The coronavirus crisis has served to accentuate a level of disruption that the hospitality industry was already facing, and now businesses must redefine themselves accordingly, MCA’s The Conversation has heard.

Speaking as part of this week’s delivery-focused panel, Creams MD Othman Shoukat said that prior to the virus, the sector was already experiencing a shift in consumer behaviour and revenue streams towards delivery and takeaway, “which has been accentuated by the covid situation.”

“When you look at what’s happened over the lockdown period, with a big drive of sales being delivered through delivery and takeaway, I think over the short to medium term that trend will be expedited more,” he said, forcing businesses to introduce some “diversification” in their “sales channel strategy.”

For Creams, which Shoukat revealed is due to open three new sites in the coming months, this has meant a process of “reconfiguring what our business model will look like, and where our revenue streams will be coming from.”

“We know that the number of covers will be reduced, and we anticipate that potentially the average spend per customer may go up,” he said. “And we know that if our covers go down then our labour rates potentially will go down as well.”

“It’s about looking at your site economics and almost redefining how the business will work.”

Shoukat’s position was echoed by co-panellist and Pret CEO Pano Christou, who added that one of the Pret’s biggest challenges going forward would be “to be more of a multi-channel operator.”

Over the weekend, Pret appointed advisors CWM to assist in discussions with landlords, a decision Christou explained was down to the “permanent shift in footfall” the business expects to see across its estate.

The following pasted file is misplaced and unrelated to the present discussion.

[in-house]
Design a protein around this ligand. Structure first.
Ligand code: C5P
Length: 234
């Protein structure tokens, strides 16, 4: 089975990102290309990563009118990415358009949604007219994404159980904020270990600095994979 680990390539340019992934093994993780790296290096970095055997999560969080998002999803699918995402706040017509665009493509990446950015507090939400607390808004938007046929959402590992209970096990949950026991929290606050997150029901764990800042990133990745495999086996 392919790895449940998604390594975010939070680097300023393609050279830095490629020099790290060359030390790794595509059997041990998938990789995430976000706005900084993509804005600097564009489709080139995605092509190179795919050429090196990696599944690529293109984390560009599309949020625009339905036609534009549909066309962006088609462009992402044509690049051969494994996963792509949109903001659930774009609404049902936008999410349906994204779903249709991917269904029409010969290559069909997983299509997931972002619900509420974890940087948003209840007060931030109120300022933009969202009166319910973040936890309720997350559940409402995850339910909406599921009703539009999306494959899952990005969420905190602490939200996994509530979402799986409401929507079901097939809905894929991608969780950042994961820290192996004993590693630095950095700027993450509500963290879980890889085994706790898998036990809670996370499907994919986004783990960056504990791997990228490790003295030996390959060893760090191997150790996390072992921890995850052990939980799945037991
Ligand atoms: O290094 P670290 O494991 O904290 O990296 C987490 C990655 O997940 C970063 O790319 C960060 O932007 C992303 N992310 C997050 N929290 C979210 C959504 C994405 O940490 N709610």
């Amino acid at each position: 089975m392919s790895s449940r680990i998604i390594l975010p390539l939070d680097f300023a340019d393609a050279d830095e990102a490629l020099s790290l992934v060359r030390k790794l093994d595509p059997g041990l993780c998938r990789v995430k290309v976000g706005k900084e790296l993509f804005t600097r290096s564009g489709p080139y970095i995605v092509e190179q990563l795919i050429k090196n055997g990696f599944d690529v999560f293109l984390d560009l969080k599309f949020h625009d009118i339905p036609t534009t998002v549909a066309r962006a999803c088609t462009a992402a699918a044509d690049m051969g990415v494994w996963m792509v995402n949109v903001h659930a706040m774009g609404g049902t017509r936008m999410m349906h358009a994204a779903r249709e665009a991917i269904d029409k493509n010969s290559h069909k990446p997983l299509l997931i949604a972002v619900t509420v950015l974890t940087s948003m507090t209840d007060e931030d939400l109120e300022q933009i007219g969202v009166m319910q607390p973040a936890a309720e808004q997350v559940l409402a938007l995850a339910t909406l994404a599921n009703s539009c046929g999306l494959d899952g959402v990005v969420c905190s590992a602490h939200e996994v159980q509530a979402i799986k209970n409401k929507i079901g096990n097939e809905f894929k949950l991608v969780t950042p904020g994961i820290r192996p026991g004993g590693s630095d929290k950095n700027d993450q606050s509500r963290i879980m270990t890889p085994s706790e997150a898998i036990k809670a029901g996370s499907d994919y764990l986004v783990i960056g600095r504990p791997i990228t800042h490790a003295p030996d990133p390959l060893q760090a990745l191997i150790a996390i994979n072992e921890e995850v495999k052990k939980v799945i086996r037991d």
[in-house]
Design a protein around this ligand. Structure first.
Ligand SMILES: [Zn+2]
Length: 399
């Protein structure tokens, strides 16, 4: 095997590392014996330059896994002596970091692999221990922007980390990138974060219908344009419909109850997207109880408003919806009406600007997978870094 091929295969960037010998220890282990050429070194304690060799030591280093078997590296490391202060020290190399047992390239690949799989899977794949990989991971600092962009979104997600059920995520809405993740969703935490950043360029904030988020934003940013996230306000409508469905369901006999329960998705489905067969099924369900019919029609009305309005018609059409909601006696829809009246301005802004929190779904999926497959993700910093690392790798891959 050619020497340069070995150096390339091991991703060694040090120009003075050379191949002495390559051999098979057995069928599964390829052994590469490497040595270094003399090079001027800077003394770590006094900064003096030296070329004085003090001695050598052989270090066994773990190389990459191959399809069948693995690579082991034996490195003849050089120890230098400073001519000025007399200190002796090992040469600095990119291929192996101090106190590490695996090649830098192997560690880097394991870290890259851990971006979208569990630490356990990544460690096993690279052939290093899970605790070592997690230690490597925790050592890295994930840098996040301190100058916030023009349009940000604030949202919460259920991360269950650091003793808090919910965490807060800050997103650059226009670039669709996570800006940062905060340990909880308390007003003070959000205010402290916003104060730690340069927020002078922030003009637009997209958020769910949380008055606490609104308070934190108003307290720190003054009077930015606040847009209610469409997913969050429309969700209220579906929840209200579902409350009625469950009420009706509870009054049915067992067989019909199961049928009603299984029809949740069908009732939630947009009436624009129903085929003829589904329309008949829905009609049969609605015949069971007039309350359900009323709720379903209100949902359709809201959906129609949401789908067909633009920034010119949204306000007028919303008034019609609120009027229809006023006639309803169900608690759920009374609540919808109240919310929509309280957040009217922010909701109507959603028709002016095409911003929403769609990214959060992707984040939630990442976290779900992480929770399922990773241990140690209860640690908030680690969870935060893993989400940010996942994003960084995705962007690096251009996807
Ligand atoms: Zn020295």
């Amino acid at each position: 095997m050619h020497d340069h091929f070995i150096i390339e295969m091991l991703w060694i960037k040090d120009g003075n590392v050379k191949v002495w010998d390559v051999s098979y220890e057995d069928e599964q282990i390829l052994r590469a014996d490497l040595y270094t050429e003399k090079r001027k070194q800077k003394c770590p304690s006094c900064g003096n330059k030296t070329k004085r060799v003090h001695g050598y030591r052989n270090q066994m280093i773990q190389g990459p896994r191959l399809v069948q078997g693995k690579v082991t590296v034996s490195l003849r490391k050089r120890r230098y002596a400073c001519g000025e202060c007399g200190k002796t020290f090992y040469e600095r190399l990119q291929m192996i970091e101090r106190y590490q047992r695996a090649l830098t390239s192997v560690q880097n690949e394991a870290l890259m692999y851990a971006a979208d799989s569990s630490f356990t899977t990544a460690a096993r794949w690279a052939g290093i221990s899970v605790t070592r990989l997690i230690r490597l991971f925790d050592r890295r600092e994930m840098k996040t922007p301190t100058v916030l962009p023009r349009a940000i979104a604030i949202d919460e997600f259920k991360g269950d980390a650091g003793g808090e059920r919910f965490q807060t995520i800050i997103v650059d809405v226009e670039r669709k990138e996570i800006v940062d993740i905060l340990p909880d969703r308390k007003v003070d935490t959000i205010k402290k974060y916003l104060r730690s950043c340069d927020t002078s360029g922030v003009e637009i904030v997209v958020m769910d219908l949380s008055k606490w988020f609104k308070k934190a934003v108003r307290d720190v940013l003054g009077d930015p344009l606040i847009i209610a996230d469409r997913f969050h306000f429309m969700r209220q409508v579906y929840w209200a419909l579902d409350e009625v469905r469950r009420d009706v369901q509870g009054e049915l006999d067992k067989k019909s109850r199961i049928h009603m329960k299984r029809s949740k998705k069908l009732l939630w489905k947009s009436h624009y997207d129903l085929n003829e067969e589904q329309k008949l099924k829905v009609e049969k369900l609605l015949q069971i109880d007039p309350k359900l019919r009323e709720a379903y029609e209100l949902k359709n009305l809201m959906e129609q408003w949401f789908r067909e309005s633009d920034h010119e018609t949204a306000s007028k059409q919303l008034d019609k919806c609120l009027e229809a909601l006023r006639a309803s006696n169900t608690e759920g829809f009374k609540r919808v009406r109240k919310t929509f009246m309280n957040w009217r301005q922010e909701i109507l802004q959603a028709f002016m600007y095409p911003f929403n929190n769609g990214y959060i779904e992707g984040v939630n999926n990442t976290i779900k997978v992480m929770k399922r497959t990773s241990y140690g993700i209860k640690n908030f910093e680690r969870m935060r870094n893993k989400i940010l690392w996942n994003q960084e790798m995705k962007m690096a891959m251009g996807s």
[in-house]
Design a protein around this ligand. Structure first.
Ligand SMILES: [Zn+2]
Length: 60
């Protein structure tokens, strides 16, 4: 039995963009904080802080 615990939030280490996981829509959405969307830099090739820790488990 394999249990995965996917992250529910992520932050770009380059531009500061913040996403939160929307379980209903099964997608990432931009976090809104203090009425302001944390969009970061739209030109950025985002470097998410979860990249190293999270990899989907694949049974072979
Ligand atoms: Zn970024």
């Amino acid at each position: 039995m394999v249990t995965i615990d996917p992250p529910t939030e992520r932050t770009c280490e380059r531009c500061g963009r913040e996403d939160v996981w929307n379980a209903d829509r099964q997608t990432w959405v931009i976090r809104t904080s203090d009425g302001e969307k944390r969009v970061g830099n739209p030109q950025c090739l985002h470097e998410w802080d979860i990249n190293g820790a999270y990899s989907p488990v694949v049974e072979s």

“We’ve done a great job over the years developing good relationships with landlords and I’m keen to build on that, but we need to go in and have a proper discussion and negotiation about how things will be in the short, medium and long term,” he said.

“Rent in London is high, and we know footfall will be lower. The challenge for Pret as a brand will be in continuing to build on the delivery piece and how we bring Pret to the people, rather than waiting for people to walk into our shops.”

Beyond the retail environment, another key challenge expected to impact Pret and other brands with high site concentration in city-centre locations will be a shift in the workplace environment, added UK Hospitality CEO Kate Nicholls.

She explained that whilst the coronavirus has acted as a catalyst for the acceleration of retail trends and ways of shopping “that were already well in train,” a more significant shift will be in the sharp decline in office workers.

“When you talk to big companies and firms that have headquarter offices in London, they are only talking about returning at 50%, and not until the end of the year,” she said.

“Companies will be more inclined to grant work from home permissions, there will be a reduction in business meetings and business travel, and office occupancy levels will remain suppressed for quite a bit longer.”

“That will be one of the longer lasting effects that we’ll find from the covid crisis.”